Business management majors are not eligible for this program, but WC students with a minor in business management may apply. Under the agreement, Wake Forest will waive the application fee and essay, and WC students with a GPA of 3.3 to 3.99 can receive a $5,000 scholarship, 3.4 to 3.599, $10,000, and those with GPAs of 3.6 or higher can receive $15,000. Wake Forest may also boost the scholarships based on a student’s demonstrated leadership ability, internships, extra-curricular activities, and other examples of potential academic and professional success.

“We are thrilled to work with our colleagues at Washington College, and to welcome their talented and purpose-driven students to our program,” says John White, Executive Director of Enrollment Management at the School of Business. “The Master’s in Management experience values the kind of leadership, courage, and social engagement Washington College students embody.”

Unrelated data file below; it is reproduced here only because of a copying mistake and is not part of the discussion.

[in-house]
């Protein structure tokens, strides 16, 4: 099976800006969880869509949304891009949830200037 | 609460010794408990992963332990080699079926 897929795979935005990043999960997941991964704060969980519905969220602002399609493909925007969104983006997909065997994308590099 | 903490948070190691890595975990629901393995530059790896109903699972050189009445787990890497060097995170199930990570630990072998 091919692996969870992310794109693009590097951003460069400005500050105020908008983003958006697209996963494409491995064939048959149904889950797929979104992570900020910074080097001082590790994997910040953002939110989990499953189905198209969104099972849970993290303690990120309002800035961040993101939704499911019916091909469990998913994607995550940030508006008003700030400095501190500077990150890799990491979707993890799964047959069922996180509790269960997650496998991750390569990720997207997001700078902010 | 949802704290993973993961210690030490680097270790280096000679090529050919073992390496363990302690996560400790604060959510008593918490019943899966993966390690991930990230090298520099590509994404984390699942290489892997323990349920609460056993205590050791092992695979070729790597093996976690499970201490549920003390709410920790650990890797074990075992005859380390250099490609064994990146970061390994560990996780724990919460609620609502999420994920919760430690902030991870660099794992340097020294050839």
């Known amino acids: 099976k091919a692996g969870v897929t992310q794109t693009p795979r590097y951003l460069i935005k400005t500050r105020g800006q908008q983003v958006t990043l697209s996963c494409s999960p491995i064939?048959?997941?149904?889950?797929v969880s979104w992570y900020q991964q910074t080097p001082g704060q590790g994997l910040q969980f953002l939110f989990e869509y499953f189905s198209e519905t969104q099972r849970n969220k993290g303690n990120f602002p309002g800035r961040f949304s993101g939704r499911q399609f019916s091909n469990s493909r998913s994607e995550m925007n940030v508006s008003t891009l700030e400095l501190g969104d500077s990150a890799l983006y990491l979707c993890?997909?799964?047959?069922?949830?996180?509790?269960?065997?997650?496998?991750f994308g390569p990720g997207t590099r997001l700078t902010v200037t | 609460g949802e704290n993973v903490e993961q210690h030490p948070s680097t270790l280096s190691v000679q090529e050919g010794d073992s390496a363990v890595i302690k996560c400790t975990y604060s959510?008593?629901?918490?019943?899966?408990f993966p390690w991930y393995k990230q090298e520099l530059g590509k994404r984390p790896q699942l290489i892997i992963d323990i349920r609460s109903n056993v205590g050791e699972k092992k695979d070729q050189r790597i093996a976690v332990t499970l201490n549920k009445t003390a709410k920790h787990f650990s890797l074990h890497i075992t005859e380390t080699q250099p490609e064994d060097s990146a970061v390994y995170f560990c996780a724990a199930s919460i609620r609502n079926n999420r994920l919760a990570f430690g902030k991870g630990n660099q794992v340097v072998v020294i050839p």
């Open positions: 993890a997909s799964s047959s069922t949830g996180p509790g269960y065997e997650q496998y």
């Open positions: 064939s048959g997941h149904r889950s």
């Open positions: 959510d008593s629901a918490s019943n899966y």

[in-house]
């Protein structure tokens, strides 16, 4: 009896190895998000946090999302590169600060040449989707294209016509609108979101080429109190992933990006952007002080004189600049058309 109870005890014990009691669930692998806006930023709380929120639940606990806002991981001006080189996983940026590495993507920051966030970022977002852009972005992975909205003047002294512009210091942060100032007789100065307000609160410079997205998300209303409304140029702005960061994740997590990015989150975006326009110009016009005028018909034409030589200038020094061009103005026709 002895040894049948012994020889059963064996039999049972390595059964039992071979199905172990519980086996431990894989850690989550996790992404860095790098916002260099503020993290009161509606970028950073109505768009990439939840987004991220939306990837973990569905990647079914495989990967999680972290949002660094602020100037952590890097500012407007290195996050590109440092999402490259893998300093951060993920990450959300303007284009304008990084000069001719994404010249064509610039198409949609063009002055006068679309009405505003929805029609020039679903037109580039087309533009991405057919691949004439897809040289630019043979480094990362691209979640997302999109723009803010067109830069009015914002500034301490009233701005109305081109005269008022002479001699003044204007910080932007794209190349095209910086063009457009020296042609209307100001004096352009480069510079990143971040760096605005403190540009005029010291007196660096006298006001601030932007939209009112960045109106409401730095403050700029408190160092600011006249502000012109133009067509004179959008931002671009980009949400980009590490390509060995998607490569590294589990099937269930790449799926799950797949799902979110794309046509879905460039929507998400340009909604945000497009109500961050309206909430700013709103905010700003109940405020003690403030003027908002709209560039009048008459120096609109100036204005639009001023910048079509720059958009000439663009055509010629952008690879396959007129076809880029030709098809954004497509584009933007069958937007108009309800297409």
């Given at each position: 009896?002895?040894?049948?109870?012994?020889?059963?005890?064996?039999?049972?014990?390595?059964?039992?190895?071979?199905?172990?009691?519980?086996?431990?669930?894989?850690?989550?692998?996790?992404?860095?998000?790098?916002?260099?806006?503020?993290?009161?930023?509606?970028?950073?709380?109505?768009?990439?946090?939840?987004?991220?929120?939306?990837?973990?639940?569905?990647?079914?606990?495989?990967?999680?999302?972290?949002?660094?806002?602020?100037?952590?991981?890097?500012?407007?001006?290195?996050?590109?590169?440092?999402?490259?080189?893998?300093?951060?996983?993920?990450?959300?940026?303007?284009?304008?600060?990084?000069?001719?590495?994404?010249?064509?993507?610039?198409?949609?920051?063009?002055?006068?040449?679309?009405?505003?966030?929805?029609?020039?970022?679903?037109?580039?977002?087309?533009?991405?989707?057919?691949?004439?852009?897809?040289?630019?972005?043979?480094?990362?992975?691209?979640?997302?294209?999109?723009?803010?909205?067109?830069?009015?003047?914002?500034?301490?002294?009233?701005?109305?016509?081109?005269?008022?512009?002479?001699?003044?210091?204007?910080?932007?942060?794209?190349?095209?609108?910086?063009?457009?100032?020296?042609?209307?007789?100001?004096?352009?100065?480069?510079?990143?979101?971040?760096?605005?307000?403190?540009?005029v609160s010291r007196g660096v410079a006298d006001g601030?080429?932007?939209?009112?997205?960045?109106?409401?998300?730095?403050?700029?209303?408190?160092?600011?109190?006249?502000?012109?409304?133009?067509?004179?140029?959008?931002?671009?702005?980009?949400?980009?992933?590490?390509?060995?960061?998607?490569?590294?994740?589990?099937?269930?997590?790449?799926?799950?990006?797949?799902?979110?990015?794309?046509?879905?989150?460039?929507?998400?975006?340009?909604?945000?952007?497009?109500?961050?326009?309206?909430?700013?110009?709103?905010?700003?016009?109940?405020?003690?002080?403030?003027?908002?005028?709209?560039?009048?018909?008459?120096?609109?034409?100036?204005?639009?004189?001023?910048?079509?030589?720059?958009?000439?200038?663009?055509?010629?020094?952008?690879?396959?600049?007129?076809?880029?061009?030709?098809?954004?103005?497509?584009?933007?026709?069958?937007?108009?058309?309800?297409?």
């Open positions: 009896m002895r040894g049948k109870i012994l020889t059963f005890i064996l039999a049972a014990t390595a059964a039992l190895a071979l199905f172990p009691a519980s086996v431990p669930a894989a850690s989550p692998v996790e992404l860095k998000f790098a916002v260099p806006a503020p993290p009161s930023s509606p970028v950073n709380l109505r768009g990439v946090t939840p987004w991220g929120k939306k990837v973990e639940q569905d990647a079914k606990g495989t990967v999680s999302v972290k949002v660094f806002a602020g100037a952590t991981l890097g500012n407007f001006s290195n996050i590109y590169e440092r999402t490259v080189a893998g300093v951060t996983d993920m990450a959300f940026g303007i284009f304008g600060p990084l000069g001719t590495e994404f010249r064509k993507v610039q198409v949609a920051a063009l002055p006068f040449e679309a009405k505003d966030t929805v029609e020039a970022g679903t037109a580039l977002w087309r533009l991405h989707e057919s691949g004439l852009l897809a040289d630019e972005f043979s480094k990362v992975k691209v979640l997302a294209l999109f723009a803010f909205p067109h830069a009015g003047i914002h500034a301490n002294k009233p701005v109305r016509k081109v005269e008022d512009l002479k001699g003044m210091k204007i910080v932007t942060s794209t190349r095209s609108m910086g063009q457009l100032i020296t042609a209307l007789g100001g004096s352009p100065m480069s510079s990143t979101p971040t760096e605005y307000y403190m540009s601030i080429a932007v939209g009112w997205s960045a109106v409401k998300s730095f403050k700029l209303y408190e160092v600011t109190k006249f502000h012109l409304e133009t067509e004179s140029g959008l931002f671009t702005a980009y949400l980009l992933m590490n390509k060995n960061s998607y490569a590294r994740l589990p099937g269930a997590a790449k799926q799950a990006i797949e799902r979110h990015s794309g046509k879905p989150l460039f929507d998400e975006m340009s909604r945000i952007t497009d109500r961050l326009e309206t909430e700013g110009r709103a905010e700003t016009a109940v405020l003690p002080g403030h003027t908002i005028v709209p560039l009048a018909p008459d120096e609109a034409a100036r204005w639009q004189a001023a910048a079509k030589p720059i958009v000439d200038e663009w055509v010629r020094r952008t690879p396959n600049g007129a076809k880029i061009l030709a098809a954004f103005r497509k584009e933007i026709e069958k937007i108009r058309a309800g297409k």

The partnership was developed by Charlie Kehm, Chair and Professor of Physics, who worked closely John Montana, Senior Associate Director, MA Enrollment Management at Wake Forest. It joins other post-graduate partnerships between Washington College and other institutions. In January, the College announced a strategic partnership with Georgetown University Medical Center in Washington, D.C., for WC graduates who want to pursue master’s programs offered through GU’s Biomedical Graduate Education. A partnership with the College of William & Mary’s School of Business enables WC students to earn a master of arts in accounting with the potential for a $10,000 scholarship, while a partnership with Loyola University offers fast-track admission after the undergraduate junior year to its Emerging Leaders MBA and masters in accounting programs.